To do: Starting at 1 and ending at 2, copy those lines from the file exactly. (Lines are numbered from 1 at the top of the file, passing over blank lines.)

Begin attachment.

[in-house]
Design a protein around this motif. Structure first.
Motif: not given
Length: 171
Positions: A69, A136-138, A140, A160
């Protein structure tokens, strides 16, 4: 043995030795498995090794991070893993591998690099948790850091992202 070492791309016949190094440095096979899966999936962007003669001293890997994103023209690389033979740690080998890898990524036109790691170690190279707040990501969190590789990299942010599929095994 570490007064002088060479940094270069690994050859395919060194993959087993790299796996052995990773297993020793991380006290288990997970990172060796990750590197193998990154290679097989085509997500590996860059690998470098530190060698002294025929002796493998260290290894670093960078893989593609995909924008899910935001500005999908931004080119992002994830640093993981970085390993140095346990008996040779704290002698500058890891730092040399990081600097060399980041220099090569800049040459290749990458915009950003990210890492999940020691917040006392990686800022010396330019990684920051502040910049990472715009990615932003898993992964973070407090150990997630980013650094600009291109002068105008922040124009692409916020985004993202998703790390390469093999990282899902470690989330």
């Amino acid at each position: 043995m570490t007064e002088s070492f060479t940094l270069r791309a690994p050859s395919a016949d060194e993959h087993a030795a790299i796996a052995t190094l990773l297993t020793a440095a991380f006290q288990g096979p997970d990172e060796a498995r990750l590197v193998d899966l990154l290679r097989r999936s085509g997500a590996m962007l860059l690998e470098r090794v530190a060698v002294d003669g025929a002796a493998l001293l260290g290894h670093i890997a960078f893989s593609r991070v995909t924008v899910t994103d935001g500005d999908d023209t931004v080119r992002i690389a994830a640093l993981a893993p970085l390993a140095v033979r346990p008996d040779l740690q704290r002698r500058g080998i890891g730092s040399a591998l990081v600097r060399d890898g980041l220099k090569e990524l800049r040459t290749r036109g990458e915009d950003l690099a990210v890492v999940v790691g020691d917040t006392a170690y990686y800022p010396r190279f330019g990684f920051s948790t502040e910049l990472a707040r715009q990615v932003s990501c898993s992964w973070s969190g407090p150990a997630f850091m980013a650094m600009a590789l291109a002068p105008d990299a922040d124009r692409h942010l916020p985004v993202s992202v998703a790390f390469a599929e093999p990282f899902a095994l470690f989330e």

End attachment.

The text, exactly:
[in-house]
Design a protein around this motif. Structure first.